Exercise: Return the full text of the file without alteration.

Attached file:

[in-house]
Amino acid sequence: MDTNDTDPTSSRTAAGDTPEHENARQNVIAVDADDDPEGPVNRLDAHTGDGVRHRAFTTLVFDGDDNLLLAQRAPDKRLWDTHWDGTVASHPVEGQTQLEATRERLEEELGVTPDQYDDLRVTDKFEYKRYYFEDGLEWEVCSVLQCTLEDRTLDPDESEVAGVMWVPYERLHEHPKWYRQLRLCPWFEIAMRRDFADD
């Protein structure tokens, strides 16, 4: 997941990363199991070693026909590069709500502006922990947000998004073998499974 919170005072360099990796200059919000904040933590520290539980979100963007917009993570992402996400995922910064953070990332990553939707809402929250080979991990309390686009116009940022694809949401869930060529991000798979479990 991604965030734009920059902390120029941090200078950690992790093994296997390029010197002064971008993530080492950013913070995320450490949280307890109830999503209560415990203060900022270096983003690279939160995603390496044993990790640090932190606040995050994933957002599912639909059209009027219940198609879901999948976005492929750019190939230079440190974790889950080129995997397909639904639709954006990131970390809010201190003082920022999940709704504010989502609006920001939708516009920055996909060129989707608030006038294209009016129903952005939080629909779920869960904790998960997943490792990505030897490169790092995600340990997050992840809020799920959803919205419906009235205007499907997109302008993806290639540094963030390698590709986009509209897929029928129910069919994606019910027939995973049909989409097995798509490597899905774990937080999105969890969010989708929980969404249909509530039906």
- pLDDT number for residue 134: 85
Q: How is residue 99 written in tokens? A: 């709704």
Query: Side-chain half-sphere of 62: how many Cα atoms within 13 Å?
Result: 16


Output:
[in-house]
Amino acid sequence: MDTNDTDPTSSRTAAGDTPEHENARQNVIAVDADDDPEGPVNRLDAHTGDGVRHRAFTTLVFDGDDNLLLAQRAPDKRLWDTHWDGTVASHPVEGQTQLEATRERLEEELGVTPDQYDDLRVTDKFEYKRYYFEDGLEWEVCSVLQCTLEDRTLDPDESEVAGVMWVPYERLHEHPKWYRQLRLCPWFEIAMRRDFADD
């Protein structure tokens, strides 16, 4: 997941990363199991070693026909590069709500502006922990947000998004073998499974 919170005072360099990796200059919000904040933590520290539980979100963007917009993570992402996400995922910064953070990332990553939707809402929250080979991990309390686009116009940022694809949401869930060529991000798979479990 991604965030734009920059902390120029941090200078950690992790093994296997390029010197002064971008993530080492950013913070995320450490949280307890109830999503209560415990203060900022270096983003690279939160995603390496044993990790640090932190606040995050994933957002599912639909059209009027219940198609879901999948976005492929750019190939230079440190974790889950080129995997397909639904639709954006990131970390809010201190003082920022999940709704504010989502609006920001939708516009920055996909060129989707608030006038294209009016129903952005939080629909779920869960904790998960997943490792990505030897490169790092995600340990997050992840809020799920959803919205419906009235205007499907997109302008993806290639540094963030390698590709986009509209897929029928129910069919994606019910027939995973049909989409097995798509490597899905774990937080999105969890969010989708929980969404249909509530039906």
- pLDDT number for residue 134: 85
Q: How is residue 99 written in tokens? A: 């709704």
Query: Side-chain half-sphere of 62: how many Cα atoms within 13 Å?
Result: 16